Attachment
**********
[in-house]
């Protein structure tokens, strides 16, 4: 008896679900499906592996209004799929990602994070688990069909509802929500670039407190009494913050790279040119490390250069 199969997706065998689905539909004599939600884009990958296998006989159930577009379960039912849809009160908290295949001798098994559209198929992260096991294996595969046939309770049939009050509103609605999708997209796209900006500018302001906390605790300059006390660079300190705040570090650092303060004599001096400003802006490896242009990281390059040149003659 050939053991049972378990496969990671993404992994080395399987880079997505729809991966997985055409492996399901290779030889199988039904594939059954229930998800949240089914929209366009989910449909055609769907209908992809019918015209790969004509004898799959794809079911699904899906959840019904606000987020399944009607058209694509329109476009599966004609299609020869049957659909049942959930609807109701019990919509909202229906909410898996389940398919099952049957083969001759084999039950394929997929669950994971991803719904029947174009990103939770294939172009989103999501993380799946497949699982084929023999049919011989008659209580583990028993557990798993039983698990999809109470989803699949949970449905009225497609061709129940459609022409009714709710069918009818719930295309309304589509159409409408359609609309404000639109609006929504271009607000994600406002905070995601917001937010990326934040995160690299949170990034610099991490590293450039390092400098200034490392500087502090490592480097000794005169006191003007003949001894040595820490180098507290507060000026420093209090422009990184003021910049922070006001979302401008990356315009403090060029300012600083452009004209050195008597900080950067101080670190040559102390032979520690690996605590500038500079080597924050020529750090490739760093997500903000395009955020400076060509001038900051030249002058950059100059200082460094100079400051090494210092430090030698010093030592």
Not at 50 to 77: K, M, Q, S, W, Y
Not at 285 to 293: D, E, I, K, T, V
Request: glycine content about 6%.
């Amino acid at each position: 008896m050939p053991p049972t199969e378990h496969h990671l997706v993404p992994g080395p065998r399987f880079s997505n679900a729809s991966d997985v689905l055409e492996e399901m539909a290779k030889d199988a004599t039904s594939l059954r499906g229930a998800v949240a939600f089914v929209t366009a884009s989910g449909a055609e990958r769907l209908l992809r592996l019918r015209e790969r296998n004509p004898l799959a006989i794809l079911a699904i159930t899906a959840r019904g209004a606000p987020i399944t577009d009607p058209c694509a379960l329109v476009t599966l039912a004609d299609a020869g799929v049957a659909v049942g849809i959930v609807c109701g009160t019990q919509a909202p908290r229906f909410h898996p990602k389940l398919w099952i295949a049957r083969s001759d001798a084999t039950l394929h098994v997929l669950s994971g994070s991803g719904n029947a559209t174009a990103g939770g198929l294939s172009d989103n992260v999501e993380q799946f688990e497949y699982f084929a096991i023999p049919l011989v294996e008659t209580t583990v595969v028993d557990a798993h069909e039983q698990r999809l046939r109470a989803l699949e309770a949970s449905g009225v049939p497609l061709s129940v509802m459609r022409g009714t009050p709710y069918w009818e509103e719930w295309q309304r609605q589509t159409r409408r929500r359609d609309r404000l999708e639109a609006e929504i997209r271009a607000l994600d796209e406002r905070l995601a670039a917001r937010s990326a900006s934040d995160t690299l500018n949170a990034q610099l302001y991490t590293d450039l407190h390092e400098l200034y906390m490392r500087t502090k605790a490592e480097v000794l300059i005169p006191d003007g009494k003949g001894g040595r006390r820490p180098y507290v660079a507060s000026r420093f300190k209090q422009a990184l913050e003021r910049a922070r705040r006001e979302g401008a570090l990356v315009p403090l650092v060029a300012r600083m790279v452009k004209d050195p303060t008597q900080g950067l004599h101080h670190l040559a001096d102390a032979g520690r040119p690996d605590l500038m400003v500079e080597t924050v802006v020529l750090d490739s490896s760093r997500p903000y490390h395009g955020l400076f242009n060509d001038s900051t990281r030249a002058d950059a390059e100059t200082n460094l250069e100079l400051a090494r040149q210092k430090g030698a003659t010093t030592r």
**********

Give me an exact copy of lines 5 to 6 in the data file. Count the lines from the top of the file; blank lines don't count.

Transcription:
Request: glycine content about 6%.
């Amino acid at each position: 008896m050939p053991p049972t199969e378990h496969h990671l997706v993404p992994g080395p065998r399987f880079s997505n679900a729809s991966d997985v689905l055409e492996e399901m539909a290779k030889d199988a004599t039904s594939l059954r499906g229930a998800v949240a939600f089914v929209t366009a884009s989910g449909a055609e990958r769907l209908l992809r592996l019918r015209e790969r296998n004509p004898l799959a006989i794809l079911a699904i159930t899906a959840r019904g209004a606000p987020i399944t577009d009607p058209c694509a379960l329109v476009t599966l039912a004609d299609a020869g799929v049957a659909v049942g849809i959930v609807c109701g009160t019990q919509a909202p908290r229906f909410h898996p990602k389940l398919w099952i295949a049957r083969s001759d001798a084999t039950l394929h098994v997929l669950s994971g994070s991803g719904n029947a559209t174009a990103g939770g198929l294939s172009d989103n992260v999501e993380q799946f688990e497949y699982f084929a096991i023999p049919l011989v294996e008659t209580t583990v595969v028993d557990a798993h069909e039983q698990r999809l046939r109470a989803l699949e309770a949970s449905g009225v049939p497609l061709s129940v509802m459609r022409g009714t009050p709710y069918w009818e509103e719930w295309q309304r609605q589509t159409r409408r929500r359609d609309r404000l999708e639109a609006e929504i997209r271009a607000l994600d796209e406002r905070l995601a670039a917001r937010s990326a900006s934040d995160t690299l500018n949170a990034q610099l302001y991490t590293d450039l407190h390092e400098l200034y906390m490392r500087t502090k605790a490592e480097v000794l300059i005169p006191d003007g009494k003949g001894g040595r006390r820490p180098y507290v660079a507060s000026r420093f300190k209090q422009a990184l913050e003021r910049a922070r705040r006001e979302g401008a570090l990356v315009p403090l650092v060029a300012r600083m790279v452009k004209d050195p303060t008597q900080g950067l004599h101080h670190l040559a001096d102390a032979g520690r040119p690996d605590l500038m400003v500079e080597t924050v802006v020529l750090d490739s490896s760093r997500p903000y490390h395009g955020l400076f242009n060509d001038s900051t990281r030249a002058d950059a390059e100059t200082n460094l250069e100079l400051a090494r040149q210092k430090g030698a003659t010093t030592r």